overseas Filipinos

Duterte, Saudi Arabia crown prince discuss protection for OFWs

Pia Ranada
Duterte, Saudi Arabia crown prince discuss protection for OFWs

CROWN PRINCE. Saudi Arabia's Crown Prince Mohammed bin Salman attends a graduation ceremony for the 95th batch of cadets from the King Faisal Air Academy in Riyadh, December 23, 2018.

File photo from Saudi Royal Court/Reuters

President Rodrigo Duterte and Saudi's Crown Prince Mohammed bin Salman talk about the kafala system and COVID-19 vaccines

Philippine President Rodrigo Duterte and Saudi Arabia Crown Prince and Deputy Prime Minister Mohammed bin Salman talked about the rights of overseas Filipino workers (OFWs) and the kafala system during a phone call on Wednesday night, May 5, said Malacañang.

“Their discussion was focused on how to strengthen the protection to be given to Filipino workers in Saudi Arabia,” said Presidential Spokesperson Harry Roque on Thursday, May 6.

Roque said Saudi Arabia is one of the Middle Eastern countries pursuing changes to the kafala system, a sponsorship scheme where the employer, as sponsor of a foreign worker, monitors and restricts the worker’s movement. The system has made migrant workers vulnerable to abuse and exploitation, as seen in the horror stories of many OFWs, some of whom were tortured to death by their employers.

The Palace said the two leaders discussed the Philippines’ “fight to change this [kafala] system.” Duterte, in April, called for the “complete” abolition of the kafala scheme, describing it as “unjust and exploitative.”

He said this during a labor rights forum organized by the Philippines’ Department of Foreign Affairs, the Kingdom of Saudi Arabia’s Ministry of Human Resources and Social Development, and the International Organization for Migration.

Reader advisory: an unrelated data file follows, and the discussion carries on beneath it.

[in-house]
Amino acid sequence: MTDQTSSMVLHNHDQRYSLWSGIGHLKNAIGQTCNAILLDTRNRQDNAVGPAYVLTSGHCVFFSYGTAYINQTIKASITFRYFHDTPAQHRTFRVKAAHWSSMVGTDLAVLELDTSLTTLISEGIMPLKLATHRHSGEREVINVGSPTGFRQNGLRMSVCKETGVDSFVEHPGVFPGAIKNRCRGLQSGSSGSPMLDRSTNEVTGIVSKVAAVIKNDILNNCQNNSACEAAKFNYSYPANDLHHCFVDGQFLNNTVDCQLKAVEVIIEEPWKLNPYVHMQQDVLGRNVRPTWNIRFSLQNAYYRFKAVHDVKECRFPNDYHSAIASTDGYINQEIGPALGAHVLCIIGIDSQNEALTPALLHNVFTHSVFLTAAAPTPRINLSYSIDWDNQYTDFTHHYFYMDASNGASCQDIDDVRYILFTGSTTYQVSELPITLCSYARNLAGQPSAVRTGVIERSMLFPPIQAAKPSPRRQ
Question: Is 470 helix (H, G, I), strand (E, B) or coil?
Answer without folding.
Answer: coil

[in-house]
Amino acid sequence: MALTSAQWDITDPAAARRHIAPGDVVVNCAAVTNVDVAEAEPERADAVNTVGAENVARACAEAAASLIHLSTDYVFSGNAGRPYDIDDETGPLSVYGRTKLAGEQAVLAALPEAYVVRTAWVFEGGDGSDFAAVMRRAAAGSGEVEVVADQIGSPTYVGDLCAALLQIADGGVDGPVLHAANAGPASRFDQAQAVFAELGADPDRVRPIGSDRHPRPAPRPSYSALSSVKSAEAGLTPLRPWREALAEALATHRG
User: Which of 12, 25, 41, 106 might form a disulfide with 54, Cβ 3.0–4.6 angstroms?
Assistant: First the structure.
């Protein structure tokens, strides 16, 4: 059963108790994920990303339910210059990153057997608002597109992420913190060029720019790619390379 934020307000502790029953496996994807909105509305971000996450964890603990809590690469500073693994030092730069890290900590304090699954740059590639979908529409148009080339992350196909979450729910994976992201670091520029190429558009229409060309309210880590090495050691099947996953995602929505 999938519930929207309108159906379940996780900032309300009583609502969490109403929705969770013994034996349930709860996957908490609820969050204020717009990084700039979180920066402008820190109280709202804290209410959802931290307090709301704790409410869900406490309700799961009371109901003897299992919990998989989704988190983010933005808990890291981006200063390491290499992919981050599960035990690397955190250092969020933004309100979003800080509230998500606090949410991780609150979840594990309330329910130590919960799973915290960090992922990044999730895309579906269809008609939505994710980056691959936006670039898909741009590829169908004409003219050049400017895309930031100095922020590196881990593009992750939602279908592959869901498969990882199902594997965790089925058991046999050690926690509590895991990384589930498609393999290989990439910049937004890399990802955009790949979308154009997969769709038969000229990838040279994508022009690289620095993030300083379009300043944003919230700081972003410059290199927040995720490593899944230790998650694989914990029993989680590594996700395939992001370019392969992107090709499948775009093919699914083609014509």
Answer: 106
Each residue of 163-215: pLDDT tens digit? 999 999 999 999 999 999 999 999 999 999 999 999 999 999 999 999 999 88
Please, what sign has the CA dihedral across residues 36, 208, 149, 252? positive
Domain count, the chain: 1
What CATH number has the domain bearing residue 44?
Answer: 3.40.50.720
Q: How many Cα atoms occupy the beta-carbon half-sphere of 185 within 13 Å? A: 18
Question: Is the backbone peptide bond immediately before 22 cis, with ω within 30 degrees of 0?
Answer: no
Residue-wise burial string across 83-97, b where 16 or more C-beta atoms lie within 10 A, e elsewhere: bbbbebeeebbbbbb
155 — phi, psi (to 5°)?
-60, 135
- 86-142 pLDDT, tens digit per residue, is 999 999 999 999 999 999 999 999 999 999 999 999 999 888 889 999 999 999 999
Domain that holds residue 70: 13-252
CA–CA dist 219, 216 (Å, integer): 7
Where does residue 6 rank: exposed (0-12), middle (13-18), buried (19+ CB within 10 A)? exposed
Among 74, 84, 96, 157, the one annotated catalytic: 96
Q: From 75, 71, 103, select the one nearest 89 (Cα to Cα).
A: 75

Duterte and the crown prince also talked about the COVID-19 pandemic, both agreeing that a system must be established to “ensure nations rich and poor will have access to vaccines,” said Roque.

There are over 1.7 million documented OFWs in the Middle East. More than 640,000 were displaced during the pandemic, according to the labor department.

Duterte, who has partly credited OFWs for his 2016 electoral victory, has sought to champion their rights abroad and respond to high-profile reports of abuse.

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In 2018, he even banned the deployment of more OFWs to Kuwait after the discovery of the body of Filipina domestic worker Joanna Demafelis, in a freezer, with marks indicating she had been strangled to death.

Duterte then listed down his demands to ensure OFWs in Kuwait are not abused – including a provision that would allow Filipinos to go on break during holidays and barring their employers from confiscating their passports. He eventually lifted the deployment ban after the Philippines and Kuwait signed an agreement. – Rappler.com

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Pia Ranada

Pia Ranada is a senior reporter for Rappler covering Philippine politics and environmental issues. For tips and story suggestions, email her at pia.ranada@rappler.com.